Because “Chicago Today” is not produced by the newsroom, it’s also primed for paid segments where businesses can pay to have their products or services showcased on the show in what appears to be a regular segment. This essentially creates a DVR-proof commercial — and opens up new revenue streams for the stations.

In markets that don’t already produce a lifestyle show such as “Chicago Today,” launching one could potentially be achieved by the fall, especially if plans are already quietly in the works. Stations might need to hire talent and behind the scenes staffers or make internal staff moves.

Perhaps the biggest risk of adding lifestyle programming is that while more and more stations have run with this idea, the  broadcasts tend to generate lower ratings, which could pose a challenge for it to serve as a viable lead-in for “Clarkson.” That could at least partially be helped by rearranging the afternoon schedule a bit — which includes “Days of Our Lives” and “Access Daily” on NBC owned stations.

In general, local lifestyle programs are typically relatively inexpensive to produce, which can still make them financially viable even if they don’t generate huge ratings. This could perhaps be especially true for NBC owned stations, which can draw on the resources of NBC and its various digital properties, the LX division and more.

The other possibility would be to have local stations add a newscast. Though a 2 p.m. newscast is almost unheard of and it would remain to be seen whether there’s an audience for that, the station could opt to rearrange the schedule to get a potential new hour of news at a different time.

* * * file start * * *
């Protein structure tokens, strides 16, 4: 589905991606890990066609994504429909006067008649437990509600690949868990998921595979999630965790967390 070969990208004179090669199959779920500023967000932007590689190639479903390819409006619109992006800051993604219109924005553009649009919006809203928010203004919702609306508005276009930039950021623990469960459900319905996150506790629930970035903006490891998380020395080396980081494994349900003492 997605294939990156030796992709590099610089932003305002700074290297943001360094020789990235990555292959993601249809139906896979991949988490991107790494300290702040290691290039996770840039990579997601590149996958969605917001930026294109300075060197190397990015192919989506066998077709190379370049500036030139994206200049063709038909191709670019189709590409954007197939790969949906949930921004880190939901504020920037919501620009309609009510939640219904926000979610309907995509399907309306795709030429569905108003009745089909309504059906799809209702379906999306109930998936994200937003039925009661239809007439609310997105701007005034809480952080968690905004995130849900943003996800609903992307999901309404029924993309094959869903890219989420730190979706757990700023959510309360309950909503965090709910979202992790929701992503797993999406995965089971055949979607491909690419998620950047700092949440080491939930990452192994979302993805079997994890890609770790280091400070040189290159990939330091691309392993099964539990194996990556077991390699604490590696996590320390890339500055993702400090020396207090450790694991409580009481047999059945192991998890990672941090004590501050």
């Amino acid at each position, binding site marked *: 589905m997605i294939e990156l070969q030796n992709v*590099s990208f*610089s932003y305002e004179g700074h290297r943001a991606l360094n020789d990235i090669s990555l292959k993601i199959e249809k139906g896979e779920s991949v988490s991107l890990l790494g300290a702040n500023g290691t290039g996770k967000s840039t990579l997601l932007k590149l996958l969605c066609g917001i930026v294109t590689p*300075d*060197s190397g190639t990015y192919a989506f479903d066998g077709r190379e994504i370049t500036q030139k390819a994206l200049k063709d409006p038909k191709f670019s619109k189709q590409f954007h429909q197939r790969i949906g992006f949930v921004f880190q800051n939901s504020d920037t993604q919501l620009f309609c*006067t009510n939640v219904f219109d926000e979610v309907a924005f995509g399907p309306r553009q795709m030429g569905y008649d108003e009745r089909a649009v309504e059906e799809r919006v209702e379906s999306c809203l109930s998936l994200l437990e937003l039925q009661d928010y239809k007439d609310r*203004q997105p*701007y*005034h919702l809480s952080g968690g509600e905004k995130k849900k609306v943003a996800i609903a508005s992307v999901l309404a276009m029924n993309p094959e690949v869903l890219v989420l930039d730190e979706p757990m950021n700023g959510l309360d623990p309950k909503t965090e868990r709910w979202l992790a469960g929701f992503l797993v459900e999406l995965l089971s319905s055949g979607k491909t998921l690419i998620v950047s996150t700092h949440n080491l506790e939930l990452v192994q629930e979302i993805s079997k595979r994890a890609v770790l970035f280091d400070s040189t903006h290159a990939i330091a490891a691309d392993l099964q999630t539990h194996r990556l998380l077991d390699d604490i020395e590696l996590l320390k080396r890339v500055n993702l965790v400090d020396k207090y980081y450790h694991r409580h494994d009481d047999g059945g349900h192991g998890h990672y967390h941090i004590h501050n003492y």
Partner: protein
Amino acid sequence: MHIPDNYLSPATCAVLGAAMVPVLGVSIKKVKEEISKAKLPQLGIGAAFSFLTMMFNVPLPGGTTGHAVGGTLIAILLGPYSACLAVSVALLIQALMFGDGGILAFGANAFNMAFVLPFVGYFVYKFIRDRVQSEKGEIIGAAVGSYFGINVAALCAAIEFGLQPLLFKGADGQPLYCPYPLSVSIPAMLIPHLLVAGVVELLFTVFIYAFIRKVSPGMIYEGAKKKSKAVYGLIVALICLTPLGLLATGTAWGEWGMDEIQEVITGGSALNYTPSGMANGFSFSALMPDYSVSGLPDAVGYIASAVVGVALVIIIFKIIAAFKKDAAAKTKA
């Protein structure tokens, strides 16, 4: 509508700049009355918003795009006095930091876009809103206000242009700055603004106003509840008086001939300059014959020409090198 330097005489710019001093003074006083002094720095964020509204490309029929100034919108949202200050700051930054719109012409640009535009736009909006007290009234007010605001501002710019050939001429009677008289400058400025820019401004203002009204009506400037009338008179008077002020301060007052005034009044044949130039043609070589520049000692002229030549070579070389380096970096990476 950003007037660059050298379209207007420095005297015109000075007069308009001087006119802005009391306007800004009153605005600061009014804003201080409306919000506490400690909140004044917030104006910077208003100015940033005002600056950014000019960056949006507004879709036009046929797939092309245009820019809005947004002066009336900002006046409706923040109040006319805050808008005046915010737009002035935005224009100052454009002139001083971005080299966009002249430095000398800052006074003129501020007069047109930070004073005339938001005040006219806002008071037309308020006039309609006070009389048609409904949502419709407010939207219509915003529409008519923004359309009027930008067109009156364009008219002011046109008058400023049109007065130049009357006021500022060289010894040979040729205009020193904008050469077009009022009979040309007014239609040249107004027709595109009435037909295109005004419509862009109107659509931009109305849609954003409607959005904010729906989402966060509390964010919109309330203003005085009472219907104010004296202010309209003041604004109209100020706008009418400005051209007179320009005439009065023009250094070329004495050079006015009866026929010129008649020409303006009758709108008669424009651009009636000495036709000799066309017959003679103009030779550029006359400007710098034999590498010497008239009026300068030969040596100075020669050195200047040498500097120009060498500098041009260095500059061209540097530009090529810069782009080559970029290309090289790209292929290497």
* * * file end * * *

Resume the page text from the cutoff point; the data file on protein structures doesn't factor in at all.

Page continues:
Again, even with relatively low viewership, an afternoon local newscast could still be relatively profitable, since it could likely recycle much of the same content from the morning and midday shows with all of the commercial time sold by the station. It could also potentially mix in more lifestyle-focused content.

Another route could be to split the time between news and a lifestyle show — either shown back-to-back or somehow split across the afternoon clock.

Another possibility, though probably less likely, is that the network could step in to produce a national fifth hour of “Today, “Dateline” or some other NBC franchise and make it available to its owned stations as well as, perhaps, affiliates owned by others.

Speaking of “Dateline,” NBCU offers true crime themed episodes in syndication and could opt to essentially opt to syndication it to its own stations.

This would be somewhat unique in that it’s rerun airing during a key time of day, but the show’s true crime focus could do well with the afternoon TV demographic.

Another possibility would be that “Dateline” could include edited multi-story editions with truncated versions of old stories perhaps mixed in with “where are they now” update segments at the end.

Many non-network owned stations are reluctant to give time back to the network, since it generally means they get less of the ad revenue generated, so NBC might need to sweeten the pot to entice more stations to pick it up if it goes this route.

Looking down the road, there have also been reports that NBC is looking at going after ABC’s contract to carry “Jeopardy!” and “Wheel” in its owned markets. In many markets, these shows typically air back to back before primetime starts, but the central time zone is notable in that one typically airs in the afternoon with the other one at 6:30 p.m. local time after local news.

However, even if NBC does end up procuring the rights to those shows, it’s still left with an hour to fill for the coming season — and it’s currently a big mystery of what that will be.